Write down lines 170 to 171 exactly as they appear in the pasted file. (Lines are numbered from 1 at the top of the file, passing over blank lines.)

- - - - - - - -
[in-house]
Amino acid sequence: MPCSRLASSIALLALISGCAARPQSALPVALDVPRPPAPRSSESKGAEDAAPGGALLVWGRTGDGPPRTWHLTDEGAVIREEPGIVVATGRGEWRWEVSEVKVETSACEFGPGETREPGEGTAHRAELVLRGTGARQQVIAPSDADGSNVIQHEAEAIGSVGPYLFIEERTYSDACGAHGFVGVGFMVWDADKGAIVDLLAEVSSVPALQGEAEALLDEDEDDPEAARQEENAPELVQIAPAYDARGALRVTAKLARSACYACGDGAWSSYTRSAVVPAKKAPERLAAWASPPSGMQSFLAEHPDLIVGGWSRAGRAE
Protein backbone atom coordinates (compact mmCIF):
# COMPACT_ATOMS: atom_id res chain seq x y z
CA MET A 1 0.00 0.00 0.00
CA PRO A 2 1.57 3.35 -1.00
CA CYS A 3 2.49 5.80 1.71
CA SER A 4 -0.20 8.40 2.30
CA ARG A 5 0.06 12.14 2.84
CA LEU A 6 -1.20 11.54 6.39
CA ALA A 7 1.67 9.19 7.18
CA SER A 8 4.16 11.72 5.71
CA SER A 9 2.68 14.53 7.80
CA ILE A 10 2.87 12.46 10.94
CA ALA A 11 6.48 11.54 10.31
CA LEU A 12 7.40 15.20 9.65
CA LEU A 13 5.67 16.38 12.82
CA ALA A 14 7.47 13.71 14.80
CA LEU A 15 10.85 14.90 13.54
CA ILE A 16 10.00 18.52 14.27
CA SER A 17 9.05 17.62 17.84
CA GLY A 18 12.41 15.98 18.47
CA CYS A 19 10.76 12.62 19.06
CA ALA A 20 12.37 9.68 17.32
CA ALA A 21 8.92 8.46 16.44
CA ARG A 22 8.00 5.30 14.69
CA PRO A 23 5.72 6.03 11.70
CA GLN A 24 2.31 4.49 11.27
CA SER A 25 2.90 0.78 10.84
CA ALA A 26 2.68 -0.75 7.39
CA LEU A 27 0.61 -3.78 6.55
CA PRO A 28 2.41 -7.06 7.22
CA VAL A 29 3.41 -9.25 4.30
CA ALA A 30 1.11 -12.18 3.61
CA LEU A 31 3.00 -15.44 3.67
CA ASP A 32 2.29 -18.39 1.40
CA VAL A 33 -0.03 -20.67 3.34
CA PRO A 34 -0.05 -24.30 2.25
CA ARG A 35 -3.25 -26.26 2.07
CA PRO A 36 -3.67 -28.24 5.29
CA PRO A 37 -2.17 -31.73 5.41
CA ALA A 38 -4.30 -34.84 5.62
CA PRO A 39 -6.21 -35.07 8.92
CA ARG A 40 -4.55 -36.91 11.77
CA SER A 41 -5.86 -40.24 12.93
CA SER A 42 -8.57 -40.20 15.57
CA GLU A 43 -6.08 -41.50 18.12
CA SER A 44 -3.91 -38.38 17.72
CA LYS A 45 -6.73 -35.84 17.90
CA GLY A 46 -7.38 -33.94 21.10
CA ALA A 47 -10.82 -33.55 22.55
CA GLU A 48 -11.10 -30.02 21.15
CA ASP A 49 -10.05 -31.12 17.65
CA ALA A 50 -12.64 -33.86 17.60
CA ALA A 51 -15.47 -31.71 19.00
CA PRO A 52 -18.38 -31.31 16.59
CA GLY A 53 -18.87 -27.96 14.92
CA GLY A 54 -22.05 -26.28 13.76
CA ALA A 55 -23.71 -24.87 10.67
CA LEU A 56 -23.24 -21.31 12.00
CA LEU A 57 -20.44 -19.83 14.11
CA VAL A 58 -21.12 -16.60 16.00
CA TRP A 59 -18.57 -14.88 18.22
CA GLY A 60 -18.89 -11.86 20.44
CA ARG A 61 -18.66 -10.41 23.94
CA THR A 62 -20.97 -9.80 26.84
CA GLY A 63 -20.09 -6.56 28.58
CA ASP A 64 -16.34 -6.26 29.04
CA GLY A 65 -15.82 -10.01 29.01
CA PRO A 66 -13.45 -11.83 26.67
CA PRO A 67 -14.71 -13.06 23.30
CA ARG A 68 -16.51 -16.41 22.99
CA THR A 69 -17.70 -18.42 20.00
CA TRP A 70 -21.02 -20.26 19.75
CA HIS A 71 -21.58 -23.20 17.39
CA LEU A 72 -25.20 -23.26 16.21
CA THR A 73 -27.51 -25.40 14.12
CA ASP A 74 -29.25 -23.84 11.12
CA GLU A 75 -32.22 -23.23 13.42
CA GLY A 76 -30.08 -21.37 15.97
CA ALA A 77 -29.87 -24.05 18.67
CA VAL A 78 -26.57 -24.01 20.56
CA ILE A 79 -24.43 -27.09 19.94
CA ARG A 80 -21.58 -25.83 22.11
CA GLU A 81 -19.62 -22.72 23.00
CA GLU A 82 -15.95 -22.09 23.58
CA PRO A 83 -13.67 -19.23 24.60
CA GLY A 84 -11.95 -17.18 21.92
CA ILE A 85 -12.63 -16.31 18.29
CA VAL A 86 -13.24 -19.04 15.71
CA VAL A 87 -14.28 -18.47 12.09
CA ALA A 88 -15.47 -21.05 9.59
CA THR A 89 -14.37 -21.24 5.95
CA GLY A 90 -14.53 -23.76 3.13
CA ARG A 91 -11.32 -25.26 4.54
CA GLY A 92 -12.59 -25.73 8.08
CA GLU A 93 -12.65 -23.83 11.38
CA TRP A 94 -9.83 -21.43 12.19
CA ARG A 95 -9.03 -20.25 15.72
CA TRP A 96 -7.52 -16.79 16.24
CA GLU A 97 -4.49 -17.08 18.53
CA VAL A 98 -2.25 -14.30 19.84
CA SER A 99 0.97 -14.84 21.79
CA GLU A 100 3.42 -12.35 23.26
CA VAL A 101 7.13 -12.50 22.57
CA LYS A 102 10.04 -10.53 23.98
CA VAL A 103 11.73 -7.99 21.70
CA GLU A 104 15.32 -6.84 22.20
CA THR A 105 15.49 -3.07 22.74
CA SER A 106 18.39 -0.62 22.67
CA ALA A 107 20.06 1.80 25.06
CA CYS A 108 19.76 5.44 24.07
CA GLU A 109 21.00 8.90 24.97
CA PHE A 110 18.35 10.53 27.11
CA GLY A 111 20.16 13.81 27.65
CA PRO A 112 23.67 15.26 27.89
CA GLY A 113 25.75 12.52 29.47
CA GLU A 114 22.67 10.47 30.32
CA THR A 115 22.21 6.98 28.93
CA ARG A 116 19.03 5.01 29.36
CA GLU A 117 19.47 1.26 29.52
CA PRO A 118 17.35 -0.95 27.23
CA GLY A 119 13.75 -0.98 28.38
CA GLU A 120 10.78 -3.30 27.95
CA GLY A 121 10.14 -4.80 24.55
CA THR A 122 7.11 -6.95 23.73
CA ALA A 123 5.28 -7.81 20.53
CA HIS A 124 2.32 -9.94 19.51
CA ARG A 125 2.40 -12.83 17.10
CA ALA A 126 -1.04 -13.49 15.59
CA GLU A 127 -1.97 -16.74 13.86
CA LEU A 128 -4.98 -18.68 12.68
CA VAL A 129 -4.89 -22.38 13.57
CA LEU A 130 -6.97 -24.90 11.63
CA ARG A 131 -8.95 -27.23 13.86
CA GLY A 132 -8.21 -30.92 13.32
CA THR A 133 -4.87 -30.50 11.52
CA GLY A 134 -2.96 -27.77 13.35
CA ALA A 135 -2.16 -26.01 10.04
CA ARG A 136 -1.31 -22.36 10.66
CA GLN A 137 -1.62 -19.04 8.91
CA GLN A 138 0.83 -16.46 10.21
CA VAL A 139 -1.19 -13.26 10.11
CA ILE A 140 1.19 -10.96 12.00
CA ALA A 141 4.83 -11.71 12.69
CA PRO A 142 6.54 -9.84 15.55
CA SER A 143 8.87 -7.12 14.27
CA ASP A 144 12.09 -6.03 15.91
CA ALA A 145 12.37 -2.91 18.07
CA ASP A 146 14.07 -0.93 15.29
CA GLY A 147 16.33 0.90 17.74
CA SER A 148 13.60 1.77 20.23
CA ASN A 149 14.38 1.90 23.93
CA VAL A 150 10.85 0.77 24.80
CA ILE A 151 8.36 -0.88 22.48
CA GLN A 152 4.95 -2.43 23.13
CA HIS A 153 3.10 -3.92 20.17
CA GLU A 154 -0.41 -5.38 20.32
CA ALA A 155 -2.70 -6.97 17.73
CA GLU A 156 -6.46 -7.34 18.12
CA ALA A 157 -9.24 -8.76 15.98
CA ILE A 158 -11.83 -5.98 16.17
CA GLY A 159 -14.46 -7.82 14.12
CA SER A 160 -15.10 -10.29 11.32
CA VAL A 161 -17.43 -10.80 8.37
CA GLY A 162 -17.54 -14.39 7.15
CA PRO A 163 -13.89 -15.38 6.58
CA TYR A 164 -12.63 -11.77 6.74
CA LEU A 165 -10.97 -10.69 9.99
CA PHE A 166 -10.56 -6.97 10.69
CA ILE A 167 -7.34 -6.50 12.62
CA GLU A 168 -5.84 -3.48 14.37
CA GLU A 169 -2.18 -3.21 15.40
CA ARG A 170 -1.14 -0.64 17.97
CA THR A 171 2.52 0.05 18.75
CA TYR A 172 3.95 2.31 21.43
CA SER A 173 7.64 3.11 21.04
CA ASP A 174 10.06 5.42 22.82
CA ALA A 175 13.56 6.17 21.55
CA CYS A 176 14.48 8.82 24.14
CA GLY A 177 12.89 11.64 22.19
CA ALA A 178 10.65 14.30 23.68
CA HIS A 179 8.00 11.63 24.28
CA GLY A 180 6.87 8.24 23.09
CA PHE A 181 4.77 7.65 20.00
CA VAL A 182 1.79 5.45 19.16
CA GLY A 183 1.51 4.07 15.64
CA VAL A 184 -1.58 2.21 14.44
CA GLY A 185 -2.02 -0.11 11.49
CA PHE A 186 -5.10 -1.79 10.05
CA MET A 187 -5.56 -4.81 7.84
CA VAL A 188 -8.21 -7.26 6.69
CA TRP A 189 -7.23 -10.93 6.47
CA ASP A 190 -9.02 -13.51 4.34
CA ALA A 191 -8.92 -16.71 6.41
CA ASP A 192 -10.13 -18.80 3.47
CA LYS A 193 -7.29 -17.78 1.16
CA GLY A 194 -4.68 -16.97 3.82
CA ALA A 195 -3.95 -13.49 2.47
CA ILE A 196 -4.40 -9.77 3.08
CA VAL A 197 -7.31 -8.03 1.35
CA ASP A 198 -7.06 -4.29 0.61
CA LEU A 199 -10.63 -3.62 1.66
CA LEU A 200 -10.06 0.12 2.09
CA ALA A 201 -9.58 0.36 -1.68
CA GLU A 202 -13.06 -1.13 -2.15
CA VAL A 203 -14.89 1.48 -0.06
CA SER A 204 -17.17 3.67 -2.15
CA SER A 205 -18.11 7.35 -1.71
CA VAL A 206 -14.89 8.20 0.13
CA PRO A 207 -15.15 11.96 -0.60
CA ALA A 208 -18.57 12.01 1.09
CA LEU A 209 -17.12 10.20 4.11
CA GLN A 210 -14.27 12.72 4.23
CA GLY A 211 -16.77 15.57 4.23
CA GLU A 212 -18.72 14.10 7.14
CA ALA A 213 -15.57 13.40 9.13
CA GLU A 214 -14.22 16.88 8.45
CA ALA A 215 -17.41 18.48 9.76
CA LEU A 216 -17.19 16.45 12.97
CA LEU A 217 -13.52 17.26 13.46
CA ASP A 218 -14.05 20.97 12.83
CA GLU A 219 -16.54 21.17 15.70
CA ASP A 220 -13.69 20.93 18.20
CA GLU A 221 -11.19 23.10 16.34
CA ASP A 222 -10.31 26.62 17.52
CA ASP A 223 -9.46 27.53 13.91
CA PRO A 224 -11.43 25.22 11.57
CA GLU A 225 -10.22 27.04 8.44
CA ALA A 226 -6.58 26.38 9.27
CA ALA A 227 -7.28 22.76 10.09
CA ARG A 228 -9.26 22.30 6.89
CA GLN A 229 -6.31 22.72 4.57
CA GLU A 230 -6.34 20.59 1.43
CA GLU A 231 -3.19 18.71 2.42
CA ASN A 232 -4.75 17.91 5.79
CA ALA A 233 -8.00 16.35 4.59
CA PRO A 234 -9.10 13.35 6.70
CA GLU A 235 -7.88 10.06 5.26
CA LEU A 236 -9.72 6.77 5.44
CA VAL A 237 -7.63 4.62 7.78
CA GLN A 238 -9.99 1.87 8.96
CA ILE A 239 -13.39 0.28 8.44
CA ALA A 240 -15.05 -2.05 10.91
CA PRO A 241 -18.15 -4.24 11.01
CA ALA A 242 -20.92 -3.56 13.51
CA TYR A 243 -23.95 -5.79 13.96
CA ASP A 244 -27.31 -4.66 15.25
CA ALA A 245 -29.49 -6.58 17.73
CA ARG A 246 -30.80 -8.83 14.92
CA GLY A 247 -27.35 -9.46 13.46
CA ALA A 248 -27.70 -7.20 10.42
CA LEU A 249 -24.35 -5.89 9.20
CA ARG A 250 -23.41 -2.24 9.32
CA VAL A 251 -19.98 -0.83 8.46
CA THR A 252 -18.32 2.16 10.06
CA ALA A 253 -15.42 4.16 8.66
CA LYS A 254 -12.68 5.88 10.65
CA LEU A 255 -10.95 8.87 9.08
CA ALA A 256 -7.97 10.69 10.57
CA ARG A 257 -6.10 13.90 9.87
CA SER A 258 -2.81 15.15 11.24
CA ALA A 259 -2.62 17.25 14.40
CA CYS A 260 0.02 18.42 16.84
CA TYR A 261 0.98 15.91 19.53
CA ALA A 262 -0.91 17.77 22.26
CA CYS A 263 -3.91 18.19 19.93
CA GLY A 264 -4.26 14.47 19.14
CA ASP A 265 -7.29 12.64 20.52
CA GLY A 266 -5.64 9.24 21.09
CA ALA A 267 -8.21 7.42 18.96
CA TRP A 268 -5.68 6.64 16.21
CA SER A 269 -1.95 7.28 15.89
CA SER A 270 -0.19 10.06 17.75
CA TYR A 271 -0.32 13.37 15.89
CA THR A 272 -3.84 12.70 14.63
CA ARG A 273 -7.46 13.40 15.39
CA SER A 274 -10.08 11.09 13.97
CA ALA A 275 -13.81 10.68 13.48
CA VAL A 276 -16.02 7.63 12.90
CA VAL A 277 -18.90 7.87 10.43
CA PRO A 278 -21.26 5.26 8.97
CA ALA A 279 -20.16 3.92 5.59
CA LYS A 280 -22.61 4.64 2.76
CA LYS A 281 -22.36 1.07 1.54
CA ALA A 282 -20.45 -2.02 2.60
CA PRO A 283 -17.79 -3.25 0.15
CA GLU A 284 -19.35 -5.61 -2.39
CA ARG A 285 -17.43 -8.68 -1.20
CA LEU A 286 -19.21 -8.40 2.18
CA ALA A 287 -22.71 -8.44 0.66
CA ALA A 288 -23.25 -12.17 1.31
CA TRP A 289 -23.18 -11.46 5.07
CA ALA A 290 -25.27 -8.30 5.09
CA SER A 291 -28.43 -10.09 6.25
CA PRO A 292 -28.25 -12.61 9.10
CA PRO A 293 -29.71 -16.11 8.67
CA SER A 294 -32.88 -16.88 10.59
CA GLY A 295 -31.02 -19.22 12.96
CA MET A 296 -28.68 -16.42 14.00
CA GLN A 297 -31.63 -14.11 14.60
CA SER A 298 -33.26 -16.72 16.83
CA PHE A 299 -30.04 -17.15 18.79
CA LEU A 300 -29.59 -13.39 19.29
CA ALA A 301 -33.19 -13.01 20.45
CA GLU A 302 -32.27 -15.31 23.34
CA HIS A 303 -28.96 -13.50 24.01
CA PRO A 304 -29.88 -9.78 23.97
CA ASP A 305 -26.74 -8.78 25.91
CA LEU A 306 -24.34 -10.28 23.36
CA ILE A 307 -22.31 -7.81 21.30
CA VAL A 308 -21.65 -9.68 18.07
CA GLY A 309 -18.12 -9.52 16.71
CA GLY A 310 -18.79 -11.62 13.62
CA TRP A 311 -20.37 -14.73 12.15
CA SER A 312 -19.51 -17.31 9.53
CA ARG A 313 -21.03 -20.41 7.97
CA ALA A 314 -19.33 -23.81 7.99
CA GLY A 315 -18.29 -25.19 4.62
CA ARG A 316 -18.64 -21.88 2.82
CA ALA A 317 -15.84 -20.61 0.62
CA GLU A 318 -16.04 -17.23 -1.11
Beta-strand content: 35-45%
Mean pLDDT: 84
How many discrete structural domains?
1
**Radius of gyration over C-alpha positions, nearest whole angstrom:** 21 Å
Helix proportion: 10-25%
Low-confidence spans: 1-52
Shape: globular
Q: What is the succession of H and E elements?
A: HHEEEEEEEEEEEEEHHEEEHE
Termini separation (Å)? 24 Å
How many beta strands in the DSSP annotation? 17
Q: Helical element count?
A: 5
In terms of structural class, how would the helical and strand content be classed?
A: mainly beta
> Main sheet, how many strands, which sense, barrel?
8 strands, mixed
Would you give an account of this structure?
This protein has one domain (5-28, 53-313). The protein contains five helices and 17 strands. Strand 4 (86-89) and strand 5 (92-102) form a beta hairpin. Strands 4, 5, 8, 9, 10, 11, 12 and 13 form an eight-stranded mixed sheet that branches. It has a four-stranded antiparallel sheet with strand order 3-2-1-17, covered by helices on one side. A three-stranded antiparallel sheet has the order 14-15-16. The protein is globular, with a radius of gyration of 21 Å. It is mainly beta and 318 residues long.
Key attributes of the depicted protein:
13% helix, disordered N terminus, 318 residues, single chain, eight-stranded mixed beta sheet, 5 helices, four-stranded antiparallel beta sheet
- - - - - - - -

CA PHE A 166 -10.56 -6.97 10.69
CA ILE A 167 -7.34 -6.50 12.62